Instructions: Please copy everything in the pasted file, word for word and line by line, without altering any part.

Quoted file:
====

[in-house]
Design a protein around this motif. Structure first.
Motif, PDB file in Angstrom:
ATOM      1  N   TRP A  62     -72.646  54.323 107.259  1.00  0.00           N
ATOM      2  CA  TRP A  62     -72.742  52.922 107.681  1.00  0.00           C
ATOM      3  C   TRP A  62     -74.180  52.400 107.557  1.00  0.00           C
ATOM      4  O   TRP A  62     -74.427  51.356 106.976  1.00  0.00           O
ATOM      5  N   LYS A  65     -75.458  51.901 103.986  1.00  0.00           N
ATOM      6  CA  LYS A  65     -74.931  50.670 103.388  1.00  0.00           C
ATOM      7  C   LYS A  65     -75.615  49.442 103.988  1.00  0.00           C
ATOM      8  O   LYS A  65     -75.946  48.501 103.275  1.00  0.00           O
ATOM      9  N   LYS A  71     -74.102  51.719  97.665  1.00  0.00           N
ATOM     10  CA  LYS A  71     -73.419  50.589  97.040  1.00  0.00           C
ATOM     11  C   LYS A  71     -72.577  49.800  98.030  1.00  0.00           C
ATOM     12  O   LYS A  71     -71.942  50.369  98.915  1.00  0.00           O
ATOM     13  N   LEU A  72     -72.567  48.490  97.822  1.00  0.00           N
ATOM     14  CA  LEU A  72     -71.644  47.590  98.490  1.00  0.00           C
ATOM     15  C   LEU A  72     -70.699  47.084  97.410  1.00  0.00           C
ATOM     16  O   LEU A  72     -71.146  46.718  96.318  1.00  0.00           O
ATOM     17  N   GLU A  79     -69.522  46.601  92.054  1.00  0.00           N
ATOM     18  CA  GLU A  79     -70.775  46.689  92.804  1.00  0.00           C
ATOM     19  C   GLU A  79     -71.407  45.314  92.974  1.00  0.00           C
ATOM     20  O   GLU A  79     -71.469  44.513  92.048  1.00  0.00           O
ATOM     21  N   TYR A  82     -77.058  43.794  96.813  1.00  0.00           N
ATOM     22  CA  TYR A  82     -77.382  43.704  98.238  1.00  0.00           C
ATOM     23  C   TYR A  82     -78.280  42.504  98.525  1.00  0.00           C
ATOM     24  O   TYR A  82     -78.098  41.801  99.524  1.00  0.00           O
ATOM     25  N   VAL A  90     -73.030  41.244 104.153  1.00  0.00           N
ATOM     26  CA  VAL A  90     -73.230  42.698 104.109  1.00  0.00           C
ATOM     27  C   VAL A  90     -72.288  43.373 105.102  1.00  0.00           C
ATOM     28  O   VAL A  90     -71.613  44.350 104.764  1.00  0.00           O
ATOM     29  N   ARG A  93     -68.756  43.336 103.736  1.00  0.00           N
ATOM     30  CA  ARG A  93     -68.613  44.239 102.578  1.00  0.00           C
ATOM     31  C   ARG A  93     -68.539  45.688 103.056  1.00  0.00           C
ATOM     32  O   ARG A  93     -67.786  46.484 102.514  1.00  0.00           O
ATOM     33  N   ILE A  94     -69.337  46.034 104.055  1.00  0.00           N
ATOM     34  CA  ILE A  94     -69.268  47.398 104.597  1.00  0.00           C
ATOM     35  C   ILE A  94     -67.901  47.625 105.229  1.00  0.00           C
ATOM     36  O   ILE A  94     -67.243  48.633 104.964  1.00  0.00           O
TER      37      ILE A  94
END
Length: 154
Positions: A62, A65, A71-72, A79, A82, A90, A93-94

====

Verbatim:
[in-house]
Design a protein around this motif. Structure first.
Motif, PDB file in Angstrom:
ATOM      1  N   TRP A  62     -72.646  54.323 107.259  1.00  0.00           N
ATOM      2  CA  TRP A  62     -72.742  52.922 107.681  1.00  0.00           C
ATOM      3  C   TRP A  62     -74.180  52.400 107.557  1.00  0.00           C
ATOM      4  O   TRP A  62     -74.427  51.356 106.976  1.00  0.00           O
ATOM      5  N   LYS A  65     -75.458  51.901 103.986  1.00  0.00           N
ATOM      6  CA  LYS A  65     -74.931  50.670 103.388  1.00  0.00           C
ATOM      7  C   LYS A  65     -75.615  49.442 103.988  1.00  0.00           C
ATOM      8  O   LYS A  65     -75.946  48.501 103.275  1.00  0.00           O
ATOM      9  N   LYS A  71     -74.102  51.719  97.665  1.00  0.00           N
ATOM     10  CA  LYS A  71     -73.419  50.589  97.040  1.00  0.00           C
ATOM     11  C   LYS A  71     -72.577  49.800  98.030  1.00  0.00           C
ATOM     12  O   LYS A  71     -71.942  50.369  98.915  1.00  0.00           O
ATOM     13  N   LEU A  72     -72.567  48.490  97.822  1.00  0.00           N
ATOM     14  CA  LEU A  72     -71.644  47.590  98.490  1.00  0.00           C
ATOM     15  C   LEU A  72     -70.699  47.084  97.410  1.00  0.00           C
ATOM     16  O   LEU A  72     -71.146  46.718  96.318  1.00  0.00           O
ATOM     17  N   GLU A  79     -69.522  46.601  92.054  1.00  0.00           N
ATOM     18  CA  GLU A  79     -70.775  46.689  92.804  1.00  0.00           C
ATOM     19  C   GLU A  79     -71.407  45.314  92.974  1.00  0.00           C
ATOM     20  O   GLU A  79     -71.469  44.513  92.048  1.00  0.00           O
ATOM     21  N   TYR A  82     -77.058  43.794  96.813  1.00  0.00           N
ATOM     22  CA  TYR A  82     -77.382  43.704  98.238  1.00  0.00           C
ATOM     23  C   TYR A  82     -78.280  42.504  98.525  1.00  0.00           C
ATOM     24  O   TYR A  82     -78.098  41.801  99.524  1.00  0.00           O
ATOM     25  N   VAL A  90     -73.030  41.244 104.153  1.00  0.00           N
ATOM     26  CA  VAL A  90     -73.230  42.698 104.109  1.00  0.00           C
ATOM     27  C   VAL A  90     -72.288  43.373 105.102  1.00  0.00           C
ATOM     28  O   VAL A  90     -71.613  44.350 104.764  1.00  0.00           O
ATOM     29  N   ARG A  93     -68.756  43.336 103.736  1.00  0.00           N
ATOM     30  CA  ARG A  93     -68.613  44.239 102.578  1.00  0.00           C
ATOM     31  C   ARG A  93     -68.539  45.688 103.056  1.00  0.00           C
ATOM     32  O   ARG A  93     -67.786  46.484 102.514  1.00  0.00           O
ATOM     33  N   ILE A  94     -69.337  46.034 104.055  1.00  0.00           N
ATOM     34  CA  ILE A  94     -69.268  47.398 104.597  1.00  0.00           C
ATOM     35  C   ILE A  94     -67.901  47.625 105.229  1.00  0.00           C
ATOM     36  O   ILE A  94     -67.243  48.633 104.964  1.00  0.00           O
TER      37      ILE A  94
END
Length: 154
Positions: A62, A65, A71-72, A79, A82, A90, A93-94